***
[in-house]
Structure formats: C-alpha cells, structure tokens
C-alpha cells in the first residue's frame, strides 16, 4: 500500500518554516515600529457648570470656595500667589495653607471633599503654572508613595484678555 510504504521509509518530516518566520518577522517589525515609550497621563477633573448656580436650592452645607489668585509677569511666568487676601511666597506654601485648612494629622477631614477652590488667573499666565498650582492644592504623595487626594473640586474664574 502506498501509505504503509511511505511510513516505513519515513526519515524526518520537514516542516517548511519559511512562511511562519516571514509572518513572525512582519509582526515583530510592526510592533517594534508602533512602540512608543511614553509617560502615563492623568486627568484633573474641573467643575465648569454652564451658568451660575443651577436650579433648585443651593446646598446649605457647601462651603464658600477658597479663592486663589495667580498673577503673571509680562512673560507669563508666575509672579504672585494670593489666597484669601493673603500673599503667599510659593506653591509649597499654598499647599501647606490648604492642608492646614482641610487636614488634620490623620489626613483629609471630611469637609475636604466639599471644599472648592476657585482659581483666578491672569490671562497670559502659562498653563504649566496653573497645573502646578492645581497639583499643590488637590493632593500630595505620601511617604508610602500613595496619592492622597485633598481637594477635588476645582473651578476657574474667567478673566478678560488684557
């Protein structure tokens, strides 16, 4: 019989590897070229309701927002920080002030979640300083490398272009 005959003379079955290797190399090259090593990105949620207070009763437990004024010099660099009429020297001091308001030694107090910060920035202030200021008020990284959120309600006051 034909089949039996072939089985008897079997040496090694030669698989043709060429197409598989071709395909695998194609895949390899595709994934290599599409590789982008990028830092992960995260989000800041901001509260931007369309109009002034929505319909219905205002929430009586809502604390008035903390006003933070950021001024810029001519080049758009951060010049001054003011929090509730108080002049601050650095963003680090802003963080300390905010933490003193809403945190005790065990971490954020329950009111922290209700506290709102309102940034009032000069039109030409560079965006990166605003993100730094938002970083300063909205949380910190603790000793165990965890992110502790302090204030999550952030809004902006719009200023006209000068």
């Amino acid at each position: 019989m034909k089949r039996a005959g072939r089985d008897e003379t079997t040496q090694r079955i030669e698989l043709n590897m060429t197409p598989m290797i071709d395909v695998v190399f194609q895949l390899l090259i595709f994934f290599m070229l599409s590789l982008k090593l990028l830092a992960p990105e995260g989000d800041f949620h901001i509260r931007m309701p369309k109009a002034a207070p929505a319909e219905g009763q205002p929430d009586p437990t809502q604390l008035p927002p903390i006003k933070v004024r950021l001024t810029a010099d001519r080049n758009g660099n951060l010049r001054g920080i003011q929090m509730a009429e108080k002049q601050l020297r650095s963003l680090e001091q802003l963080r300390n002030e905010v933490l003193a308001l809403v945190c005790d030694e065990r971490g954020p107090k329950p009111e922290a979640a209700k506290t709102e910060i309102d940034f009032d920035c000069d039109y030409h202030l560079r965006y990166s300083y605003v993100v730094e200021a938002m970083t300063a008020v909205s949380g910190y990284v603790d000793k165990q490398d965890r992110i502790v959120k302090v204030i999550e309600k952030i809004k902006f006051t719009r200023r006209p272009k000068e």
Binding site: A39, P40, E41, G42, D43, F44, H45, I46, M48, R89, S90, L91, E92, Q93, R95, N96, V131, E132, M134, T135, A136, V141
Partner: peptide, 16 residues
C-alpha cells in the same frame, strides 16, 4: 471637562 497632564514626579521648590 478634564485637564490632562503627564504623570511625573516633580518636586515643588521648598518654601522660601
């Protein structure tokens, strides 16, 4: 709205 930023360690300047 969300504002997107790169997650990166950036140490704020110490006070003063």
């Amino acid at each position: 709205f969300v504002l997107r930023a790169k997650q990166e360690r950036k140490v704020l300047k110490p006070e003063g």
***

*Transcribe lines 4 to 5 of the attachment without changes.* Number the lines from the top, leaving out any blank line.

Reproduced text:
């Protein structure tokens, strides 16, 4: 019989590897070229309701927002920080002030979640300083490398272009 005959003379079955290797190399090259090593990105949620207070009763437990004024010099660099009429020297001091308001030694107090910060920035202030200021008020990284959120309600006051 034909089949039996072939089985008897079997040496090694030669698989043709060429197409598989071709395909695998194609895949390899595709994934290599599409590789982008990028830092992960995260989000800041901001509260931007369309109009002034929505319909219905205002929430009586809502604390008035903390006003933070950021001024810029001519080049758009951060010049001054003011929090509730108080002049601050650095963003680090802003963080300390905010933490003193809403945190005790065990971490954020329950009111922290209700506290709102309102940034009032000069039109030409560079965006990166605003993100730094938002970083300063909205949380910190603790000793165990965890992110502790302090204030999550952030809004902006719009200023006209000068």
């Amino acid at each position: 019989m034909k089949r039996a005959g072939r089985d008897e003379t079997t040496q090694r079955i030669e698989l043709n590897m060429t197409p598989m290797i071709d395909v695998v190399f194609q895949l390899l090259i595709f994934f290599m070229l599409s590789l982008k090593l990028l830092a992960p990105e995260g989000d800041f949620h901001i509260r931007m309701p369309k109009a002034a207070p929505a319909e219905g009763q205002p929430d009586p437990t809502q604390l008035p927002p903390i006003k933070v004024r950021l001024t810029a010099d001519r080049n758009g660099n951060l010049r001054g920080i003011q929090m509730a009429e108080k002049q601050l020297r650095s963003l680090e001091q802003l963080r300390n002030e905010v933490l003193a308001l809403v945190c005790d030694e065990r971490g954020p107090k329950p009111e922290a979640a209700k506290t709102e910060i309102d940034f009032d920035c000069d039109y030409h202030l560079r965006y990166s300083y605003v993100v730094e200021a938002m970083t300063a008020v909205s949380g910190y990284v603790d000793k165990q490398d965890r992110i502790v959120k302090v204030i999550e309600k952030i809004k902006f006051t719009r200023r006209p272009k000068e």